Why Authors like Treadmill Desks
If you take a moment to check treadmill desk demographics, you’ll quickly notice that a few professions are more likely to take the step. Lawyers are right near the top, as are IT workers, engineers and…romance authors?
But that’s the solemn, steamy truth – romance authors love treadmill desks. And, if you think about it, it makes sense. Most romance authors work from home, many hover around middle age, and we could see how writing about hard-bodied protagonists might prompt some thoughts on personal fitness. Not only that, but many of these writers keep personal blogs, and it’s a safe bet that a new treadmill desk will merit a post, so we’ve seen plenty of very positive reviews from this demographic.
Of course, desking isn’t just limited to one genre. Seattle sci-fi master Neal Stephenson was an early treadmill desk adopter, and New Yorker staff writer Susan Orlean’s treadmill desk has long been a hot Twitter topic. Veronica Roth, author of the Divergent series of YA novels walks as she crafts her dystopian futures. And here, in the WorkWhileWalking offices, you’ll find many a proud walking writer – read any article, and there’s a pretty good chance you’re reading material typed out at 1.5mph.
Let’s get to the main question you probably have at this stage: can you type on a treadmill desk?
Some prospective treadmill writers have probably been put off by reports of drops in typing speed and accuracy. And studies have, to an extent, supported these claims. However, it’s important to remember that even the best of these studies only showed that it takes more than four hours to become accustomed to treadmill desking.
Here at WorkWhileWalking, we have no shortage of experienced deskers, so we figured we’d conduct our own miniature study. Several employees around the office took an online test to measure words typed per minute – tests were taken while standing still, while the employee walked at their preferred speed, and once while the employee walked at 3mph, much faster than our recommended speed. While more research is needed for conclusive answers on treadmill typing, our own mini-study found only minimal decreases in speed and productivity. At most, our walking testers typed roughly 5% more slowly than they did while standing, and with no noticeable decrease in accuracy. Even faster speeds failed to have major impacts on typing, although testers did say they probably wouldn’t have been able to maintain the pace and stay productive.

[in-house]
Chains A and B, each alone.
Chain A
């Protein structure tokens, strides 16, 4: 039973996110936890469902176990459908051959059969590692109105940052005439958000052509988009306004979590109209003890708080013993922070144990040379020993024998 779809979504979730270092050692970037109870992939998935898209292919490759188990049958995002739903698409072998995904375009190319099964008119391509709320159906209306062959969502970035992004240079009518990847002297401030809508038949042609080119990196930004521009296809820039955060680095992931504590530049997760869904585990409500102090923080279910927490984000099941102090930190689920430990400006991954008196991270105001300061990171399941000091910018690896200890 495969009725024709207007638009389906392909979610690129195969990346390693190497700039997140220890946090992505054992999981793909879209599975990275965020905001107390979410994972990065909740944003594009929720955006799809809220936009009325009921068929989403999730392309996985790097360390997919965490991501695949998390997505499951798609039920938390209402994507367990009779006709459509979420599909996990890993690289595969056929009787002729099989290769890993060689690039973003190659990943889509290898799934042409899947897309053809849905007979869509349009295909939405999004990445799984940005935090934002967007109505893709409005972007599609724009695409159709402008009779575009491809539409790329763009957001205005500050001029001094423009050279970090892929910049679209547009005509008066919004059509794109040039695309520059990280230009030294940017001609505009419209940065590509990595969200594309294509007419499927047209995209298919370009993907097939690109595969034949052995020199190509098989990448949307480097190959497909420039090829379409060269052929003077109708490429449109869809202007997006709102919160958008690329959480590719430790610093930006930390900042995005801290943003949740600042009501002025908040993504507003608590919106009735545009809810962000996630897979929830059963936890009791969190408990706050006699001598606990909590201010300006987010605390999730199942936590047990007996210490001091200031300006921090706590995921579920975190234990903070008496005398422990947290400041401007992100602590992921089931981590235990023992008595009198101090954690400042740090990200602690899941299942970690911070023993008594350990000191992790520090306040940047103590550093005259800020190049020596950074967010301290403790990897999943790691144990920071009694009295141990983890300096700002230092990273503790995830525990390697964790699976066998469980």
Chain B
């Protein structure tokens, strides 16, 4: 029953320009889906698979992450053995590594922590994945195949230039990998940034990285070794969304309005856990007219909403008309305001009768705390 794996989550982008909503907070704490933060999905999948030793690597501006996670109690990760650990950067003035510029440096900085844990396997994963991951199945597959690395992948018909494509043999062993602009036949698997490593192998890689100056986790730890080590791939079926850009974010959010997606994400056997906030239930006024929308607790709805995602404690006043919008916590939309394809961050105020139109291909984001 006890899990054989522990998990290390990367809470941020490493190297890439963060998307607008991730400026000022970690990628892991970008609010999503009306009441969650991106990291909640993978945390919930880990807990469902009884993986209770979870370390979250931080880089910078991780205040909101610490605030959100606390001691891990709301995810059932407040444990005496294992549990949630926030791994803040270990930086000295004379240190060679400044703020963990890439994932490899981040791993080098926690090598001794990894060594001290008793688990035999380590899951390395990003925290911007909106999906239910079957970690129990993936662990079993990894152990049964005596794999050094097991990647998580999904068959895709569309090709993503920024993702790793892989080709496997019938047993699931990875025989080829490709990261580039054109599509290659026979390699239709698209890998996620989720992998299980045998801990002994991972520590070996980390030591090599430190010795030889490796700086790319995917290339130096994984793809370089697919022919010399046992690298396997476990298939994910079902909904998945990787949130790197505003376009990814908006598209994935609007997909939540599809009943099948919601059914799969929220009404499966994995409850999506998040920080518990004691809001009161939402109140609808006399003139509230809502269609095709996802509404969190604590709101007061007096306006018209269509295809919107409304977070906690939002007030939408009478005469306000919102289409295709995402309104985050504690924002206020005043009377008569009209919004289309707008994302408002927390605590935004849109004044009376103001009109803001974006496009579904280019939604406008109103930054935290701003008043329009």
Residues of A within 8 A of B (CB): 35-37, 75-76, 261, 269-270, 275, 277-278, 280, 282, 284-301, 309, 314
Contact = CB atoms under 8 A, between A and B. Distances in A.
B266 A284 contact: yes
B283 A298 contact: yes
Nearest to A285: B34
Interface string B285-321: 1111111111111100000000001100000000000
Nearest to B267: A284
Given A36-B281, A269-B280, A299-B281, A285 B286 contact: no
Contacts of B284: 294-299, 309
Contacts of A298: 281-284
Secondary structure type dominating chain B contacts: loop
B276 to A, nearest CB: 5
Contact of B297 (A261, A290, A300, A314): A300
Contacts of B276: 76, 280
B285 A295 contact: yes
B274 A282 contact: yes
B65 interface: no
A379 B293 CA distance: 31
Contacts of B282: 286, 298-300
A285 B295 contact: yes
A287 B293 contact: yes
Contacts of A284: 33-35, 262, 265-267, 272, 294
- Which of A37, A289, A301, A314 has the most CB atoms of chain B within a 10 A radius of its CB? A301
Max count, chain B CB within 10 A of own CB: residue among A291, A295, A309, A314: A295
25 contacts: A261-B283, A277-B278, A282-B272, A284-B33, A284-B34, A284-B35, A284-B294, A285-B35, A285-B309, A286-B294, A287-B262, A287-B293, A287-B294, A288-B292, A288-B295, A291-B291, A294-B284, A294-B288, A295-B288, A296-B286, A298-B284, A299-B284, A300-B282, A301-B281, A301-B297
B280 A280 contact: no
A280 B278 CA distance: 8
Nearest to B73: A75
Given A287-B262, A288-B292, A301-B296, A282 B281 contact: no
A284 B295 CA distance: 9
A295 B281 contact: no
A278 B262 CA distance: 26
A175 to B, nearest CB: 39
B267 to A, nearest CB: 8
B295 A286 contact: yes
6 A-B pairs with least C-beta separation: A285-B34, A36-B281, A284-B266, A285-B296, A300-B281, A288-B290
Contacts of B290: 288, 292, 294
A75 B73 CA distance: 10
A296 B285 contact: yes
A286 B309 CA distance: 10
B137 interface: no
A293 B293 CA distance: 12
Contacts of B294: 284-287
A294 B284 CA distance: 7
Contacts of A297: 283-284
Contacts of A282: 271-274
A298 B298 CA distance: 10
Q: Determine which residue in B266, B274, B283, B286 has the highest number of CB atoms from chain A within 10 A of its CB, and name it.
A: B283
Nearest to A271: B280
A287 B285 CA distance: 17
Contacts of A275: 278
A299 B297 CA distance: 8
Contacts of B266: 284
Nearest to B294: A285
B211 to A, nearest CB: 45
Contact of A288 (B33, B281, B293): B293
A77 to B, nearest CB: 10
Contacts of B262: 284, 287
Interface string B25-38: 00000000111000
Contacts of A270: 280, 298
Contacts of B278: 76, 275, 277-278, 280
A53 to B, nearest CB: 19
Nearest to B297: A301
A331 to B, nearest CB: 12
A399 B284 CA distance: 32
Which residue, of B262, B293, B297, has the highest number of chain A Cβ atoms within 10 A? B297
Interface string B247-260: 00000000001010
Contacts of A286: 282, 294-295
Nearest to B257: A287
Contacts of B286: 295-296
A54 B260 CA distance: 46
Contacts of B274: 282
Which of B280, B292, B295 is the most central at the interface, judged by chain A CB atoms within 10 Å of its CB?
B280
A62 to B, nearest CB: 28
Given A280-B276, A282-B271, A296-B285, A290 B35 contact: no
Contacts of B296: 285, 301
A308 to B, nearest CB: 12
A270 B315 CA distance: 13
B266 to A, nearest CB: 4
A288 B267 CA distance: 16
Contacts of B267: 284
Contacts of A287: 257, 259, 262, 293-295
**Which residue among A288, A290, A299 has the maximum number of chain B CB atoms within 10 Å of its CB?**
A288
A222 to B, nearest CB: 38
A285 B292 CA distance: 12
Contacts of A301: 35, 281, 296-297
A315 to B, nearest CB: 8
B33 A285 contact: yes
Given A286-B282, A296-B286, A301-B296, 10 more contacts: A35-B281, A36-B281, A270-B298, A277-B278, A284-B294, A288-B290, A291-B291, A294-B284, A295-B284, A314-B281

So, is there a drop in typing speed on a treadmill desk? There is, but it’s tiny, and more than made up for by the benefits that come with a walking workday. You’ve likely heard plenty of chatter on the site about the positive health effects of getting up and out of your chair.
Writers who claim that walking makes them feel sharper and fresher aren’t just blowing smoke. Higher levels of activity have a close correlation to improved cognitive function, and slowed cognitive decline. Ever noticed how people on tense phone calls tend to stand up and pace rather than stay seated? Movement helps people focus, and again, research backs that up.
It’s time to hop on, writers. Whether you’re working on the next great American novel or the next great American blog (heck, even the next great American article about treadmill desks), you can benefit from a day in motion.
So, never send to know for whom the tread rolls –
It rolls for thee.